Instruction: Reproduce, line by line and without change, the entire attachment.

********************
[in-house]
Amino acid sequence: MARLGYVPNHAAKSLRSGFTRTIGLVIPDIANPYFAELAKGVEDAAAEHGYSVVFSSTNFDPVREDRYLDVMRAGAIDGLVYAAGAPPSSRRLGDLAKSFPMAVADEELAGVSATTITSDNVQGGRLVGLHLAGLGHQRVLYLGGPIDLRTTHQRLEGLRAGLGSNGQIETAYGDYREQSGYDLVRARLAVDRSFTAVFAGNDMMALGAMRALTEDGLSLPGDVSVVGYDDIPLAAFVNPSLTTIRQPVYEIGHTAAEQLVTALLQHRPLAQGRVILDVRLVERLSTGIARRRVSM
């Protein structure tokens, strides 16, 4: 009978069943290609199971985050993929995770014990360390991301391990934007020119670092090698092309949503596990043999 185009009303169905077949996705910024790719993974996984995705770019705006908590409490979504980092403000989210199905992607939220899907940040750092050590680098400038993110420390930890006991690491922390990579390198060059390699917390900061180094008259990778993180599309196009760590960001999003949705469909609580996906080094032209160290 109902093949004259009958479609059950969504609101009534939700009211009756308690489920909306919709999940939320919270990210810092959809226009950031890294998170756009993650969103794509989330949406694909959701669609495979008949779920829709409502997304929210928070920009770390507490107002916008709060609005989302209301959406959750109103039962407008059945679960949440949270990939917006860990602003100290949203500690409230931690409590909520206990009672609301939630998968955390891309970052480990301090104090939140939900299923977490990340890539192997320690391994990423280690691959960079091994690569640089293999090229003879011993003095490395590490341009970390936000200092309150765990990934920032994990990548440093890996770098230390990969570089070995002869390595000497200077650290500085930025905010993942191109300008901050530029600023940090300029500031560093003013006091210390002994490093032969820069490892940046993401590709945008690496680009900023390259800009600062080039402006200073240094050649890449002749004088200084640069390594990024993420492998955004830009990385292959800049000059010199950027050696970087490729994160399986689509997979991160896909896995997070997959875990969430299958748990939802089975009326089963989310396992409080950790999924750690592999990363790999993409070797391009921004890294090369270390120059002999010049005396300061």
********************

[in-house]
Amino acid sequence: MARLGYVPNHAAKSLRSGFTRTIGLVIPDIANPYFAELAKGVEDAAAEHGYSVVFSSTNFDPVREDRYLDVMRAGAIDGLVYAAGAPPSSRRLGDLAKSFPMAVADEELAGVSATTITSDNVQGGRLVGLHLAGLGHQRVLYLGGPIDLRTTHQRLEGLRAGLGSNGQIETAYGDYREQSGYDLVRARLAVDRSFTAVFAGNDMMALGAMRALTEDGLSLPGDVSVVGYDDIPLAAFVNPSLTTIRQPVYEIGHTAAEQLVTALLQHRPLAQGRVILDVRLVERLSTGIARRRVSM
């Protein structure tokens, strides 16, 4: 009978069943290609199971985050993929995770014990360390991301391990934007020119670092090698092309949503596990043999 185009009303169905077949996705910024790719993974996984995705770019705006908590409490979504980092403000989210199905992607939220899907940040750092050590680098400038993110420390930890006991690491922390990579390198060059390699917390900061180094008259990778993180599309196009760590960001999003949705469909609580996906080094032209160290 109902093949004259009958479609059950969504609101009534939700009211009756308690489920909306919709999940939320919270990210810092959809226009950031890294998170756009993650969103794509989330949406694909959701669609495979008949779920829709409502997304929210928070920009770390507490107002916008709060609005989302209301959406959750109103039962407008059945679960949440949270990939917006860990602003100290949203500690409230931690409590909520206990009672609301939630998968955390891309970052480990301090104090939140939900299923977490990340890539192997320690391994990423280690691959960079091994690569640089293999090229003879011993003095490395590490341009970390936000200092309150765990990934920032994990990548440093890996770098230390990969570089070995002869390595000497200077650290500085930025905010993942191109300008901050530029600023940090300029500031560093003013006091210390002994490093032969820069490892940046993401590709945008690496680009900023390259800009600062080039402006200073240094050649890449002749004088200084640069390594990024993420492998955004830009990385292959800049000059010199950027050696970087490729994160399986689509997979991160896909896995997070997959875990969430299958748990939802089975009326089963989310396992409080950790999924750690592999990363790999993409070797391009921004890294090369270390120059002999010049005396300061």